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Antibiotics Constitute Promising Treatment for Appendicitis

In February of 2020, researchers across the United States concluded the largest appendicitis trial to date whose purpose was to evaluate the use of antibiotics as a potentially effective treatment for the condition. Appendicitis is characterized by inflammation and/or infection of the appendix, a finger-like projection of the early large intestine that can become obstructed due to swelling or mechanical blockage. Since the appendix may ultimately rupture if left untreated, it is common and traditional practice that the structure is surgically removed through a laparoscopic appendectomy. In this randomized trial named Comparing Outcomes of Antibiotic Drugs and Appendectomy (CODA), scientists compared the treatment of 1,552 patients with appendicitis who received either surgery or a 10-day course of antibiotics. Their results showed that 70% of patients who received antibiotics were able to avoid surgery, while 30% eventually required appendectomies. These patients missed less time from their vocations, such as work and school, but they ultimately spent more time in the hospital overall than those in the surgery treatment group. Although the researchers intended to publish data for each patient one year posttreatment, they elected to limit this range to 90 days due to the potential implications of the study in light of the Covid-19 pandemic. During a time when patients may feel uncomfortable with spending extended periods of time in the hospital, such as when undergoing and recovering from surgery, the emergence of antibiotics as a viable treatment for illnesses such as appendicitis could be of widespread use. Not only would it benefit patients as a less invasive and more convenient treatment option, but it would also preserve hospital and inpatient resources. While the CODA trial has indicated that antibiotics were just as successful short-term as surgery for the majority of its participants, the decision to use antibiotics for appendicitis must be evaluated together with other factors on a patient-to-patient basis for the best and safest result. More information about CODA can be found here.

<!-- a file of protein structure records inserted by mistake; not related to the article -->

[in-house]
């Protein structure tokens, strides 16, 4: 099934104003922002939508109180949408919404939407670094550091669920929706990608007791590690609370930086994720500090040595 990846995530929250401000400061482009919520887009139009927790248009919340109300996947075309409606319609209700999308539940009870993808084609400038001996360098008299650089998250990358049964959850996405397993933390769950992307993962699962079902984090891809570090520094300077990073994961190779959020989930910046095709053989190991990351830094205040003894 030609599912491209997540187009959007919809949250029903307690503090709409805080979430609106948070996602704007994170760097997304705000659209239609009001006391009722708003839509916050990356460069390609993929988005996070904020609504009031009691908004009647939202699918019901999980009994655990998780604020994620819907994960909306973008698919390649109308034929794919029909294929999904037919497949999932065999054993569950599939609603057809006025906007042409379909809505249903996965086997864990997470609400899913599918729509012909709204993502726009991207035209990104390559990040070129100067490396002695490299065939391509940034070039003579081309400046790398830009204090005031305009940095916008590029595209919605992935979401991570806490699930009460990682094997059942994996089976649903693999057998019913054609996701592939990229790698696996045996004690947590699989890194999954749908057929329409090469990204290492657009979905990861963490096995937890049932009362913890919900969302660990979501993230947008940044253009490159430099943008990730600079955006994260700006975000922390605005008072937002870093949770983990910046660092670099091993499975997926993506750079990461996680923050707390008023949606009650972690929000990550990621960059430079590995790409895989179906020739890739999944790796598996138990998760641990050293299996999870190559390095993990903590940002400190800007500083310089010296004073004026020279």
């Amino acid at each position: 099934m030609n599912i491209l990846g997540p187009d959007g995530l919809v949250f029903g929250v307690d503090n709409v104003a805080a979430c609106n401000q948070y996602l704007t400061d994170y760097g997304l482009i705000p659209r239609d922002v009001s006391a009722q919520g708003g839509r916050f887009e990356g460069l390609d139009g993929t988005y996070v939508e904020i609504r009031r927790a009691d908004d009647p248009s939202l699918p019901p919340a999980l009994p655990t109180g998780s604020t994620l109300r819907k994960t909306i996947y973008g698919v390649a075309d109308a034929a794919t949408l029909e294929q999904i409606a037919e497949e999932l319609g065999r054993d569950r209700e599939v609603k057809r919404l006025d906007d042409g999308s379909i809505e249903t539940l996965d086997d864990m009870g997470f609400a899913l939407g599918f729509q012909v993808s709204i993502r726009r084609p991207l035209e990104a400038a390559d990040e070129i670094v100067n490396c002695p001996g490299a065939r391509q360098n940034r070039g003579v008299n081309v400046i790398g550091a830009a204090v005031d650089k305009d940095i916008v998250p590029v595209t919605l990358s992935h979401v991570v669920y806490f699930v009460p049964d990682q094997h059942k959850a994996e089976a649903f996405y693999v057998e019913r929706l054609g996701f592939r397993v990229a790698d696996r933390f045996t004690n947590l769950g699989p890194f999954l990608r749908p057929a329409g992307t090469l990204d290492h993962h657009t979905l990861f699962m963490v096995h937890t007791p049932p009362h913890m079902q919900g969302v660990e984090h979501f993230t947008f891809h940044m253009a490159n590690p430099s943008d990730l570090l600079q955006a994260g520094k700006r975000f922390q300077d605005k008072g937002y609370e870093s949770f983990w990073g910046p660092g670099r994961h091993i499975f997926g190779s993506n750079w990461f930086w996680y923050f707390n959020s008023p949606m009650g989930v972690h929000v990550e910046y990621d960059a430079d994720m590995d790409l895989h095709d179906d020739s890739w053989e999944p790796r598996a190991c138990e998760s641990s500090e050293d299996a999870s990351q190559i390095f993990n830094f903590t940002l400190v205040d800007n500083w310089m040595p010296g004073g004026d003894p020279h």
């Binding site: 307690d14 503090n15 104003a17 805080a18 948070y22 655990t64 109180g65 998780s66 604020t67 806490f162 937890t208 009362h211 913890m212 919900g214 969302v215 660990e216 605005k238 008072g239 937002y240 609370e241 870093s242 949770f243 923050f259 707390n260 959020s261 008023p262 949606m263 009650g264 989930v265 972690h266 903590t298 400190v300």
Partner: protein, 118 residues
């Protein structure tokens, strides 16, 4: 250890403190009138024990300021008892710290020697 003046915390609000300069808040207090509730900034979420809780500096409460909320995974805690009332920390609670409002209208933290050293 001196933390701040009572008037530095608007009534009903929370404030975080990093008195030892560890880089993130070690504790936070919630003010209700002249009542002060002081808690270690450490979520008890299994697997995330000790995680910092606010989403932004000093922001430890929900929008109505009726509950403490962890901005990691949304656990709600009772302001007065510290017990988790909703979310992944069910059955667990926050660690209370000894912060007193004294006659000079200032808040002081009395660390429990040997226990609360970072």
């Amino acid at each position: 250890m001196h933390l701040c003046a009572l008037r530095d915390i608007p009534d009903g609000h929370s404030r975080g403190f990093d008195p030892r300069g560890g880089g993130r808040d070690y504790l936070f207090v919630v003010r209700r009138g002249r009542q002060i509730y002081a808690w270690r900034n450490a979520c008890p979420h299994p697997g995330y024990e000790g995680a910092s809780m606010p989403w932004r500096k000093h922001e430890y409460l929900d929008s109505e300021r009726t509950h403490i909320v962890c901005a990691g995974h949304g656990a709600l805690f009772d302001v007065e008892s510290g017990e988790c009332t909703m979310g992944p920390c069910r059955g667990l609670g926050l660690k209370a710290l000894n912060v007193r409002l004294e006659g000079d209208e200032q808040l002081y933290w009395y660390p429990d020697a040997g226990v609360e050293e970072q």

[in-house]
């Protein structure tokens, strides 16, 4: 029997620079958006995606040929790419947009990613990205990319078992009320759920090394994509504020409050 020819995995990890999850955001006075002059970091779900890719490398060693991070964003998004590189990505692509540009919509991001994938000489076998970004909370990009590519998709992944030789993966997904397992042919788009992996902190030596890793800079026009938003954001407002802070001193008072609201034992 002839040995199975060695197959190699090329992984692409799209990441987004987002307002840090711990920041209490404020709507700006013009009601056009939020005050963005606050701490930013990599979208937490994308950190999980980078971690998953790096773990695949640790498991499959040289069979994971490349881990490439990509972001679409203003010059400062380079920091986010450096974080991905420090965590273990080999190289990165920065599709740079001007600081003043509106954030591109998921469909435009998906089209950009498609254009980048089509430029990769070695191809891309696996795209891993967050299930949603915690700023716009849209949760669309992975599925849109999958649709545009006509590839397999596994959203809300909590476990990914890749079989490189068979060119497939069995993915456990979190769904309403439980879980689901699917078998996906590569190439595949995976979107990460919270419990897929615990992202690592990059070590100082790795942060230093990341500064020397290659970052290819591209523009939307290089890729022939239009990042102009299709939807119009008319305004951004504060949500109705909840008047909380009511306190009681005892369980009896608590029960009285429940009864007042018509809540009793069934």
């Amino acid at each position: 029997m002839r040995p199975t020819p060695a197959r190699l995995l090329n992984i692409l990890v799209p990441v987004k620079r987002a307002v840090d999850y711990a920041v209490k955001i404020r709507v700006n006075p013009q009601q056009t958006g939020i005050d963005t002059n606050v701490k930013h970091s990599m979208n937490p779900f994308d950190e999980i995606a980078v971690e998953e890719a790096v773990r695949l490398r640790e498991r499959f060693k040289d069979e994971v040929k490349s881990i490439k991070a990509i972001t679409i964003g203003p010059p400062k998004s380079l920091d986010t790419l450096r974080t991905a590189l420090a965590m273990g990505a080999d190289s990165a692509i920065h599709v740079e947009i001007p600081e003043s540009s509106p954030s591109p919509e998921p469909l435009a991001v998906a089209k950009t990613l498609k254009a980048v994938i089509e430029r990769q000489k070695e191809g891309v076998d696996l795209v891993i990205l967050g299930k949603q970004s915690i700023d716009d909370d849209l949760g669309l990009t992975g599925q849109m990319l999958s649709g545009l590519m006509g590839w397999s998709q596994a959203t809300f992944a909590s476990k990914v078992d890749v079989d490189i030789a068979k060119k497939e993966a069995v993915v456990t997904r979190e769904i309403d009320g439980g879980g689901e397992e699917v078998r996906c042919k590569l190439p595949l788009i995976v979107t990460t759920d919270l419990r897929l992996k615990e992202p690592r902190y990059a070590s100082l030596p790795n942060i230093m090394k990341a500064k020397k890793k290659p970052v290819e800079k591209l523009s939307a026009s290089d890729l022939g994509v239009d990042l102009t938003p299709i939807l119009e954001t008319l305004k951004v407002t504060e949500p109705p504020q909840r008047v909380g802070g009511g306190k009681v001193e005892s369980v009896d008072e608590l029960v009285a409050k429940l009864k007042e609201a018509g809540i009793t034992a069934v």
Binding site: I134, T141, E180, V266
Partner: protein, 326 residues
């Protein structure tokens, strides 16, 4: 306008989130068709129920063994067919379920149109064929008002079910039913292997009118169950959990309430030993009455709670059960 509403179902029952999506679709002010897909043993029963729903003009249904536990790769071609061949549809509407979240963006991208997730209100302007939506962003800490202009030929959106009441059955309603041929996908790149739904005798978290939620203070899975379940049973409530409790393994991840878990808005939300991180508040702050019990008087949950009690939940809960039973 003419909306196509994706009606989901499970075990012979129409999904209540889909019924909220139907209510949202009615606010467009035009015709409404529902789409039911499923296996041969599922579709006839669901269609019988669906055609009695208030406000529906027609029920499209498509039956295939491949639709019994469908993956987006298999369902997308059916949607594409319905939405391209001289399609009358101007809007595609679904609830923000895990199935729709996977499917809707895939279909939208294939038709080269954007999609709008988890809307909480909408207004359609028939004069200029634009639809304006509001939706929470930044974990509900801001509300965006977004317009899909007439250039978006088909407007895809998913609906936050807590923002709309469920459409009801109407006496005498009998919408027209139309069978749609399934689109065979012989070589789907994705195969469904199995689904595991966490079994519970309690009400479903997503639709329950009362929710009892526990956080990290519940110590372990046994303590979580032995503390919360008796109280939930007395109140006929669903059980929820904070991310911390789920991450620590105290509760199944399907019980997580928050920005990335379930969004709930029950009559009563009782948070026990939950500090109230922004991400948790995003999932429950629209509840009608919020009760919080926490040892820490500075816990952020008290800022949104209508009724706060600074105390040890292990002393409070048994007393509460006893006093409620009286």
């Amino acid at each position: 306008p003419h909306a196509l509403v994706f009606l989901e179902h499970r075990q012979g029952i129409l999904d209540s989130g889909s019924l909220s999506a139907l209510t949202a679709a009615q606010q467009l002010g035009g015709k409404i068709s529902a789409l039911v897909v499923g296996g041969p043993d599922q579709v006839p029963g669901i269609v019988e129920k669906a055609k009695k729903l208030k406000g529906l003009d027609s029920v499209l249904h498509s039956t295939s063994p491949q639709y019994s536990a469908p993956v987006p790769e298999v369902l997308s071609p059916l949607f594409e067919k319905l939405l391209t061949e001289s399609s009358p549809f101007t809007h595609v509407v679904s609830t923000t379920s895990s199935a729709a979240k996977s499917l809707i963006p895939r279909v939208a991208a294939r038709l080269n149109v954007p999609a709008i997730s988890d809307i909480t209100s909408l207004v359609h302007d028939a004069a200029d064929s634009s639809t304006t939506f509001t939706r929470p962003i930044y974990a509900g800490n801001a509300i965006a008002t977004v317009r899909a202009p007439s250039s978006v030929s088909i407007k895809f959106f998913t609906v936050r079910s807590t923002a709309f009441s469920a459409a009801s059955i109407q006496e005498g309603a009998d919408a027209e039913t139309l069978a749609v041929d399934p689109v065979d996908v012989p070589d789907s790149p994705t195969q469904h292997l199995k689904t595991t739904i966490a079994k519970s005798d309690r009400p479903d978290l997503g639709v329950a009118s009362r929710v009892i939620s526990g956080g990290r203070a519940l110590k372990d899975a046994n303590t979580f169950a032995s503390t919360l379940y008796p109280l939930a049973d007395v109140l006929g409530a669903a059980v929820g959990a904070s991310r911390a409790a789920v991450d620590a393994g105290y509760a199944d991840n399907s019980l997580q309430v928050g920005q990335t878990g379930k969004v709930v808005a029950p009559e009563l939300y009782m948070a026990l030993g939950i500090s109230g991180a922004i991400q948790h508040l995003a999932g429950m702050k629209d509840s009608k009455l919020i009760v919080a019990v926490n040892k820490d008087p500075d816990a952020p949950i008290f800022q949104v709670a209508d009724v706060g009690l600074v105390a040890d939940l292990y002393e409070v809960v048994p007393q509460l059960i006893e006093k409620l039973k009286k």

©2020 by UCSD Medical Literature Society.

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